Fast charging (7-22kW) reduces charge times to around half that of a slow charge so that the time for a full charge is typically 3 to 4 hours. Most commercial and many public on-street chargers use this technology but not yet enough. At the start of this year, the UK had some 48,757 connectors in 18,202 locations but of these 7370 are slow (taking 8-10 hours to recharge), 16,285 are fast (3-4 hours) and only 3951 are rapid (30-60 minutes) so there is much work to be done over the next few years.
As demand for public charging infrastructure grows, the government wants to encourage private sector investors to build and operate self-sustaining public charge points. It is asking local authorities to explore all commercial options available when planning EV infrastructure. This will bring opportunities for landowners looking to capitalise on the rising demand for charge points. Strategically-placed offices, retail sites, estates and plots of land adjacent to main road networks are potentially ideal for EV charging development. Properties with EV charge points are likely to command higher rents and more tenants and therefore increase the value of real estate assets.
New developments will need the ability to connect into an electricity supply. Commercial sites use significantly more electricity than residential developments and the DNO may require a new electricity substation. The DNO will specify the location and landowners may need to collaborate with neighbours for rights to lay cables across their land.
The National Planning Policy Framework states that:
‘Applications for development should… be designed to enable charging of plug-in and other ultra-low emission vehicles in safe, accessible and convenient locations.’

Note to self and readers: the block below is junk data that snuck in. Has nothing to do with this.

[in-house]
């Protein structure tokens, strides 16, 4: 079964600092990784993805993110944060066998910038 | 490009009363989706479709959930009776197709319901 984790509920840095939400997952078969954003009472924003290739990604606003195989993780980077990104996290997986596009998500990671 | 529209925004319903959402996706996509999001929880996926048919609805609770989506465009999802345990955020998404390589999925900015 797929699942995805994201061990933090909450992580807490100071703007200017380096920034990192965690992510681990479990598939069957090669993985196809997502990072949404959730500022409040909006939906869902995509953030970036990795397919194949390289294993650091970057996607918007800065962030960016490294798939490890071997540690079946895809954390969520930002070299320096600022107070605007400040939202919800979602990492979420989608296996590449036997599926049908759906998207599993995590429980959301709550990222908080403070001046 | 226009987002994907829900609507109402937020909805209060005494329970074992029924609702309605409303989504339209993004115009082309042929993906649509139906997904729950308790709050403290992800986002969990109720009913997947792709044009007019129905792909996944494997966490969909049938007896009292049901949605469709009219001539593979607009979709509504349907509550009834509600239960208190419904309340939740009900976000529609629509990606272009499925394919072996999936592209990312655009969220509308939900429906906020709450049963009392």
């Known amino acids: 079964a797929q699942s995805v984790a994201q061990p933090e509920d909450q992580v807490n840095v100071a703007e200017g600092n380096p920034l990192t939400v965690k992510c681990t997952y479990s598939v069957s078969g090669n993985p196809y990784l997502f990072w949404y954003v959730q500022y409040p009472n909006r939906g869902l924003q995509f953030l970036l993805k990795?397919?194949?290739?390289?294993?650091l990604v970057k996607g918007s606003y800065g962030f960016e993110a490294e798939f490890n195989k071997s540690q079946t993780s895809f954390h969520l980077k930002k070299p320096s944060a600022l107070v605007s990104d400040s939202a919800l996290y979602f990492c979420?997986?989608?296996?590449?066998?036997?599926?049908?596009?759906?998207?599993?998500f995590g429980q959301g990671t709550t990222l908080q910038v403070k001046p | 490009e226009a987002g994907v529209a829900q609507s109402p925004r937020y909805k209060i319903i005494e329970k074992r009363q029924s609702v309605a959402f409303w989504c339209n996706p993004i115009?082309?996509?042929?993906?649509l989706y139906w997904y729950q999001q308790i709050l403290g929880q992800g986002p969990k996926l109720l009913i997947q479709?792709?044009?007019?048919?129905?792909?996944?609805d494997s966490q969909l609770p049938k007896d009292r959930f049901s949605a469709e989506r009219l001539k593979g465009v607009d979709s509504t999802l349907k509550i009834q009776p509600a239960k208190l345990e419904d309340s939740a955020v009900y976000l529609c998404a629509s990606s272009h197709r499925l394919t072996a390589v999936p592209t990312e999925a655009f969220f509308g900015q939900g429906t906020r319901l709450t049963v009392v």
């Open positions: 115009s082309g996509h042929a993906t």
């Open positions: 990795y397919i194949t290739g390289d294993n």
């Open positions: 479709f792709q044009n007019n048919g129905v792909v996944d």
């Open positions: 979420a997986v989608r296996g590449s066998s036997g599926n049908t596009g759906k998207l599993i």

Long term planning strategies must incorporate policies that facilitate the transition to EVs through, for example, planning conditions and new parking standards in local plans. Local authorities can construct EV charging points on public highways without planning permission but third parties may need to obtain planning permission and engage with the relevant highway authority to agree other consents, such as a section 278 agreement (Highways Act 1980) to carry out works to a public highway or a section 50 street works licence (New Roads & Street Works Act 1991), which gives developers a licence to install and maintain apparatus under a public highway.
The installation of wall mounted electrical outlets or upstanding EV charge points now benefit from permitted development rights, provided they meet certain safety conditions set out in Schedule 2 of the General Permitted Development Order 2015. Express planning permission is still required for properties within a site designated as a scheduled monument or the curtilage of a listed building.
Any business can apply under the Workplace Charging Scheme for up to 40 charging points and get a 75% contribution towards each point, up to £350 each. The introduction of charging point leases on an estate or development may affect both the service charge and the services offered by a landlord. Charging leases may be attractive to occupational tenants but landlords need to be aware of existing lease obligations.